GovGuam pay scale study due soon - KUAM.com-KUAM News: On Air. Online. On Demand.

GovGuam pay scale study due soon

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by Lannie Walker

Guam - The final report on a study of the Government of Guam pay scale is expected to be in at the end of the month. But whether the government can fund a massive pay upgrade is another question. 

With budget shortfalls projected to continue by the Bureau of Budget Management and Research, the Department of Administration pushes on in making it possible to implement a sweeping public sector pay raise.  DOA Deputy Director Joseph Manibusan says Neville Kenning, vice-president of the Hay Group, the company contracted to conduct a study on the pay rate of GovGuam workers, will return to Guam in a couple of weeks.

He explained that Kenning will return, "To make some final adjustments possibly final adjustment to the hay study and the DOA will be working on other documents that will go with a report to go to the governor."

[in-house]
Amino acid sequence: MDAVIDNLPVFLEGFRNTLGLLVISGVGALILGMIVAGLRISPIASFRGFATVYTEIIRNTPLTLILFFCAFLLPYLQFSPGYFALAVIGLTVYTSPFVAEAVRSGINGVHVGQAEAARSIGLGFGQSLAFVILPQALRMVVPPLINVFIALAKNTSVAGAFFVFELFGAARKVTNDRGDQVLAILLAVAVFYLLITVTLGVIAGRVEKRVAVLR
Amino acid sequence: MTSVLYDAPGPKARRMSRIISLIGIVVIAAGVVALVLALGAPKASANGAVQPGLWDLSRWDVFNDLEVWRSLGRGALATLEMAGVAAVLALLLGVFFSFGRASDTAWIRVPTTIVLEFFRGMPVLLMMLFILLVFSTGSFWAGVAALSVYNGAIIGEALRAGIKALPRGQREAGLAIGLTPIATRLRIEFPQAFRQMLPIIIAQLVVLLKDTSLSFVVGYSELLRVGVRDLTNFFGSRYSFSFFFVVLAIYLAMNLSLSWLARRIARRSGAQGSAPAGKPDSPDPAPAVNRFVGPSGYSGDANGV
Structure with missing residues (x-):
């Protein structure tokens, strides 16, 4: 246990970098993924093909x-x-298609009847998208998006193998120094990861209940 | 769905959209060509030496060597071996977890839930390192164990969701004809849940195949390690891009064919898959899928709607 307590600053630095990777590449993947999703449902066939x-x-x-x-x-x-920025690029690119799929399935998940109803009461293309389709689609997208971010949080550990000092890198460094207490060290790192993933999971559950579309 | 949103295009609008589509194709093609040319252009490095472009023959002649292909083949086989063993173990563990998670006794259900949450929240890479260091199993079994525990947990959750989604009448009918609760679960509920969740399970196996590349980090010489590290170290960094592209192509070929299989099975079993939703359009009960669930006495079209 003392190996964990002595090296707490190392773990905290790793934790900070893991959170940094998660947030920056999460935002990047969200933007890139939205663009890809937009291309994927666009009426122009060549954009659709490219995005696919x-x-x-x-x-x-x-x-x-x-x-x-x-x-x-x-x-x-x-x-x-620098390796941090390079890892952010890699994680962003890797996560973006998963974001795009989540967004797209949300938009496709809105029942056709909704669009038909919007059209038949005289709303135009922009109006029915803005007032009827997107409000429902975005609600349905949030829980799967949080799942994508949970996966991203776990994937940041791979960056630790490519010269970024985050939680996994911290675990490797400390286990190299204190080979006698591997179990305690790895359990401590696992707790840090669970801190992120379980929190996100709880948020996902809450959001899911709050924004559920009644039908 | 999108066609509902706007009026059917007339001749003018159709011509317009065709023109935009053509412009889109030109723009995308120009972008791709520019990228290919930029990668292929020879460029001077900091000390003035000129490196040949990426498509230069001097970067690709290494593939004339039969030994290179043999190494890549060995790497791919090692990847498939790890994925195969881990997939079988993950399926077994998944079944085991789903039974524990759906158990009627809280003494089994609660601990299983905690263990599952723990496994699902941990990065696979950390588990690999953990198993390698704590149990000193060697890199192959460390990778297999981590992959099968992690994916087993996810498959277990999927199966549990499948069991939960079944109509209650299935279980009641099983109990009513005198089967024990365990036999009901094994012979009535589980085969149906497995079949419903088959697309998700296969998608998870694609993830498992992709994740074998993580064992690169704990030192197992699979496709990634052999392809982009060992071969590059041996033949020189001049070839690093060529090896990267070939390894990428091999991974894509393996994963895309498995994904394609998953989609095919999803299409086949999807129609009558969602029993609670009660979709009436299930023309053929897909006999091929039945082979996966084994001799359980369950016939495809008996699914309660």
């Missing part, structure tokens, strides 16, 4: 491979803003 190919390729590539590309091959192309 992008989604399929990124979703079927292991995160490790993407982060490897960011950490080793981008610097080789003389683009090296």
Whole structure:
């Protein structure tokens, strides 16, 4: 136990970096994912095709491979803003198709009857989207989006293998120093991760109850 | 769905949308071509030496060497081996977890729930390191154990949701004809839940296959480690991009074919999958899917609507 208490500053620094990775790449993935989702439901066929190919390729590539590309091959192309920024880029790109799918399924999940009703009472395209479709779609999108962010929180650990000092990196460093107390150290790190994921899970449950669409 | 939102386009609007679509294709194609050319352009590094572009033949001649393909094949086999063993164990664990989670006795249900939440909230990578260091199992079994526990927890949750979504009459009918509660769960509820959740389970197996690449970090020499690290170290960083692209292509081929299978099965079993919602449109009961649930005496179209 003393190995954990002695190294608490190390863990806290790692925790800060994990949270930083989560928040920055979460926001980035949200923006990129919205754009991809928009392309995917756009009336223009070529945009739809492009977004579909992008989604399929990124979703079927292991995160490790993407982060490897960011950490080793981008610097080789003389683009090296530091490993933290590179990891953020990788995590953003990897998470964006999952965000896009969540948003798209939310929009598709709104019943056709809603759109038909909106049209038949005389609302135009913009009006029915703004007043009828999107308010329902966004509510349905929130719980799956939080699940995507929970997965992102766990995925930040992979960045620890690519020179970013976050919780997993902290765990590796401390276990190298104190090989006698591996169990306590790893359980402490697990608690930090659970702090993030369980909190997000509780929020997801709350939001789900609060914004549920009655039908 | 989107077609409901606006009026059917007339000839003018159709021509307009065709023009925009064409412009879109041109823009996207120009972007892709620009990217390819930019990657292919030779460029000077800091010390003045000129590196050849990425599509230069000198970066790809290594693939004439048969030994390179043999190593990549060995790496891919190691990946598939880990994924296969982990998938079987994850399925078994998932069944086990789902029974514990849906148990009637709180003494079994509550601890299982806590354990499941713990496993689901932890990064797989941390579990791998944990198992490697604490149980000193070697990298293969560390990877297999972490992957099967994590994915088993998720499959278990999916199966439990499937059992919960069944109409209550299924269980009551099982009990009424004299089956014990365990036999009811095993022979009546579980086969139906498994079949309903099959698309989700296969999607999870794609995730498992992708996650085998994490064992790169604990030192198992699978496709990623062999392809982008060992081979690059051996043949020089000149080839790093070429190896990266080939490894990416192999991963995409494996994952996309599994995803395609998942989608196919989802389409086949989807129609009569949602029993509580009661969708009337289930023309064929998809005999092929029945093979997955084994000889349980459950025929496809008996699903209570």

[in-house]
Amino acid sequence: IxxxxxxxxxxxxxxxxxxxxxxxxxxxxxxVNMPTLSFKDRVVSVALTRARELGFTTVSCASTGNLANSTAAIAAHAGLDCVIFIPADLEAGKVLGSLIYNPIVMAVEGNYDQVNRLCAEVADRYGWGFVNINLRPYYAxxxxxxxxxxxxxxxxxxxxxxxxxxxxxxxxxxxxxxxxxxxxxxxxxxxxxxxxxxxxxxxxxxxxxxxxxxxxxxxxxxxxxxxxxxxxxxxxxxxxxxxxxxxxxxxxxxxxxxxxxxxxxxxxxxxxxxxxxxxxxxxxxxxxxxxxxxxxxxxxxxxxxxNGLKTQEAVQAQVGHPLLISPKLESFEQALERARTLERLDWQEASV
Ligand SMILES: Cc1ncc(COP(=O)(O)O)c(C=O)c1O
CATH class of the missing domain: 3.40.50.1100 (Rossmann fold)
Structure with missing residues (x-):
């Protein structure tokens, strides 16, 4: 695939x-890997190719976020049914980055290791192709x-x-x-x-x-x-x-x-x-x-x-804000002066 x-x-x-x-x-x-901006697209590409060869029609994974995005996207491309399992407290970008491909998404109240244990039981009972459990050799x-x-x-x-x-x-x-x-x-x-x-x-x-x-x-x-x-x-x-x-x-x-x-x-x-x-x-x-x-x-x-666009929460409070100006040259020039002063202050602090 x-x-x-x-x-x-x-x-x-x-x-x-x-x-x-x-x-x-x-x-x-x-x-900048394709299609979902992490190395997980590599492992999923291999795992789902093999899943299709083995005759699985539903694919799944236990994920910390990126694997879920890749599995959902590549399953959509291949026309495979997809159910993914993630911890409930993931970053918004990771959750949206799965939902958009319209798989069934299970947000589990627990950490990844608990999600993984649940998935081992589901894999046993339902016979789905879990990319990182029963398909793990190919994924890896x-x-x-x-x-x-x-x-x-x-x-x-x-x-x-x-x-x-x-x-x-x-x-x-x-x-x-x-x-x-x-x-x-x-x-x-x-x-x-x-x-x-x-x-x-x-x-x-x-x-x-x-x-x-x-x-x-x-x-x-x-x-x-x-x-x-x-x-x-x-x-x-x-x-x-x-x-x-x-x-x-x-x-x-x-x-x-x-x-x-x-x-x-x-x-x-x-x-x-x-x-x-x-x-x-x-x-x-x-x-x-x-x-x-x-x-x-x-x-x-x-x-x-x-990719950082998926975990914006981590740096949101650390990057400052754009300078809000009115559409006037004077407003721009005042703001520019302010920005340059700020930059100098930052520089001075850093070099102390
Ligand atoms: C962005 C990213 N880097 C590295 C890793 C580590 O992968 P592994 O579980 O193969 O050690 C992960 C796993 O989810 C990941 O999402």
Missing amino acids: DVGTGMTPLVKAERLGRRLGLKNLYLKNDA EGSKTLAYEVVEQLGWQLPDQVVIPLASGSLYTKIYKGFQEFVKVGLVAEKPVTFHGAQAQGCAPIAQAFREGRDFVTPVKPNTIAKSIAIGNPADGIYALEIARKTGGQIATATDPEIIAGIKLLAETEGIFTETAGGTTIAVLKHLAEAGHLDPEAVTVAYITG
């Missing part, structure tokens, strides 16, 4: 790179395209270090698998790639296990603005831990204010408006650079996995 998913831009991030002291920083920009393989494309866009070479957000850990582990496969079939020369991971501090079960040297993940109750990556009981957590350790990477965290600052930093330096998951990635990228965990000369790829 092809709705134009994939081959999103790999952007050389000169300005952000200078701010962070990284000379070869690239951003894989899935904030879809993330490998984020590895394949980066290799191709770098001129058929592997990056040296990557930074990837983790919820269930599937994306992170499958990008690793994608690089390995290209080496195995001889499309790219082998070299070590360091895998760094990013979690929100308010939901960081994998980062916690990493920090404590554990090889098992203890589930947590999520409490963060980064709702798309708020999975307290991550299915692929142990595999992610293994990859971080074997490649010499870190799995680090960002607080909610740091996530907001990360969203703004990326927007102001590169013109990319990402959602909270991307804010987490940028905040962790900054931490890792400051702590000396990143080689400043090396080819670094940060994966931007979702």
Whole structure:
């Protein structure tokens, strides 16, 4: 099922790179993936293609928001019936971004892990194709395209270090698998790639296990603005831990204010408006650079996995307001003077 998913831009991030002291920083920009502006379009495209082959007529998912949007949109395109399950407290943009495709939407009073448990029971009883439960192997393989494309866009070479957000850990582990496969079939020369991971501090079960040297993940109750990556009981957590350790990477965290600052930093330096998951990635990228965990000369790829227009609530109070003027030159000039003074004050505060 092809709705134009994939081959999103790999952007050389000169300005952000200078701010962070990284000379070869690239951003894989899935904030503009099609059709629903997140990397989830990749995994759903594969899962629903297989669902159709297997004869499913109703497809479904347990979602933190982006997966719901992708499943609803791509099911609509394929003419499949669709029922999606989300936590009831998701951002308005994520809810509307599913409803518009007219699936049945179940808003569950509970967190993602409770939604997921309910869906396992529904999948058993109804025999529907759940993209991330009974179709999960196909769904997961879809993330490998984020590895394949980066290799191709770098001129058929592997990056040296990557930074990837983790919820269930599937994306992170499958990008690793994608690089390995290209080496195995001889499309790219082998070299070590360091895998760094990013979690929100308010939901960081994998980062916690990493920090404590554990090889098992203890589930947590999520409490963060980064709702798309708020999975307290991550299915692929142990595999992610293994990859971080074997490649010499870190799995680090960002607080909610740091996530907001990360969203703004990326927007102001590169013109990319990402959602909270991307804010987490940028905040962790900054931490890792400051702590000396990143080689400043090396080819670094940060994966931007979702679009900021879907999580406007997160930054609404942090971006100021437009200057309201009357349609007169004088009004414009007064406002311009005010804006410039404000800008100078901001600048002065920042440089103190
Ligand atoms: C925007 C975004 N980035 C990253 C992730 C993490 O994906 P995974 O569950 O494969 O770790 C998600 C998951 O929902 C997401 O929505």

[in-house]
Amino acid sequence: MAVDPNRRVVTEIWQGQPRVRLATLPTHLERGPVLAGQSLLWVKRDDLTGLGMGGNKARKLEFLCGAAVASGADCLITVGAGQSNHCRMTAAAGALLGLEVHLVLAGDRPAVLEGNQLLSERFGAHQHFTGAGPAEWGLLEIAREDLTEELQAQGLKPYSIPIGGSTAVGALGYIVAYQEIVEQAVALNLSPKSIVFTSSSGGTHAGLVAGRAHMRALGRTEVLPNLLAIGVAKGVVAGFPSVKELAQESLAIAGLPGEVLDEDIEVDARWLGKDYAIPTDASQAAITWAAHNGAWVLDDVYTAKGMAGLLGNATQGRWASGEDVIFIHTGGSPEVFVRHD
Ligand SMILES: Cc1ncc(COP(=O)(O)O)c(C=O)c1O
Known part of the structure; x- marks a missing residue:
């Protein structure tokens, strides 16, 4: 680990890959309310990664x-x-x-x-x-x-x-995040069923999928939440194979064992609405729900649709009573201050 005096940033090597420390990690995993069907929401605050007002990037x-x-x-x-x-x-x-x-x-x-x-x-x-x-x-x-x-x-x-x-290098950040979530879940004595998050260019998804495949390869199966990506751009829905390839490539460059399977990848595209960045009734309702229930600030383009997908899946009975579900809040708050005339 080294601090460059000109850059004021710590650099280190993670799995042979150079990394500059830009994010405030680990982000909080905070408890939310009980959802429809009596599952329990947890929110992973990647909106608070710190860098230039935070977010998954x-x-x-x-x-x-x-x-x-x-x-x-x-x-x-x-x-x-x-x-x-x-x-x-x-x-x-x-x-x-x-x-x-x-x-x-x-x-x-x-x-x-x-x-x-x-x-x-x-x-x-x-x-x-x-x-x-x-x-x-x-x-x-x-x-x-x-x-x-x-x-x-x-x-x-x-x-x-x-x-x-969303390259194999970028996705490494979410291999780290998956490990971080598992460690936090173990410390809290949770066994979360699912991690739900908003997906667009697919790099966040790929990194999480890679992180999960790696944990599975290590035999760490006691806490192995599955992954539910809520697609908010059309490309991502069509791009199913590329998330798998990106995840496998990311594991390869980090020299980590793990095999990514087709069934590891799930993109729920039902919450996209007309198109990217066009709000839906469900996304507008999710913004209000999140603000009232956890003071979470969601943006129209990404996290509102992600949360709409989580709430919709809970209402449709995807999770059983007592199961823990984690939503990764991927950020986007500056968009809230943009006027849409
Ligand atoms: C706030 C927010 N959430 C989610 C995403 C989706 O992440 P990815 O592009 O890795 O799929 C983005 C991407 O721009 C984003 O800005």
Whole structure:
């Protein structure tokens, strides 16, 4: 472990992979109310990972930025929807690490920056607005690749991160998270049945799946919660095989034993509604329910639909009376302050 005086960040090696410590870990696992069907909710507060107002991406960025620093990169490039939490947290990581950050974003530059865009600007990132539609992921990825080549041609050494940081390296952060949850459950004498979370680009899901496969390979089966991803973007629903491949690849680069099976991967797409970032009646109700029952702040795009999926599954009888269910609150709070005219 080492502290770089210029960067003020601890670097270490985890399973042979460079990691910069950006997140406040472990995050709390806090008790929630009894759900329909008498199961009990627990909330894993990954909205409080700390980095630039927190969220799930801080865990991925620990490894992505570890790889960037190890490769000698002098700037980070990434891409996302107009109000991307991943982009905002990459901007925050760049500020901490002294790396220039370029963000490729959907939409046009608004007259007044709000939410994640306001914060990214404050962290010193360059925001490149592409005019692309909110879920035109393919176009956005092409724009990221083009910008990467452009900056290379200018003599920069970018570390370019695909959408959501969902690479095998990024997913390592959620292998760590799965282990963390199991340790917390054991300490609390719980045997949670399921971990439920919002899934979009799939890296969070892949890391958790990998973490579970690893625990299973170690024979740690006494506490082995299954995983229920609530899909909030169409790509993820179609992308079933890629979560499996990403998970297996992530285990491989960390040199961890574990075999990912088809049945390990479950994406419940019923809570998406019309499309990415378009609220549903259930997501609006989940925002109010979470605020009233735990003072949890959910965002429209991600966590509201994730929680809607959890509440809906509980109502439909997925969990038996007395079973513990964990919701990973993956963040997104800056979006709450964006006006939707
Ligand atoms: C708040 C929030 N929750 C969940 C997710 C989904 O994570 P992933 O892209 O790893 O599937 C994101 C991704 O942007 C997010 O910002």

During his last presentation on Guam, Kenning reported the pay scale of GovGuam is 59% below market value. One recommendation of the study was to bring the pay scale up to 15% below mark.  DOA Human Resources Administrator Cecilia Martinez says it is up to her agency to make the pay upgrade legal, telling KUAM News, "We have the study team from DOA all the supervisors here on human resources are working here on revising the pay policies...so they have been working on changes to legislation changes to policy thing of that nature...for GCA Chapter 5, which deals with the salaries, that's what we are looking at and we are trying to look at all the laws that are already in the code of regulations."

The Hay Group is also expected to release finding on the recommendation for a pay increase to the Executive Branch, including the positions of governor and lieutenant governor.  But whether the pay hike will become a reality is dependant on whether GovGuam can come up the money to pay for it.  BBMR director Bertha Duenas says the figure to fund the Hay Study recommendations may be at zero.  "The hay study is the big item, it might not if we're status quo, we don't have the hay study in place so obviously there's got to be new money to put it," she said.

New money to the tune of $13 million, which is how much the pay raise is estimated to cost.

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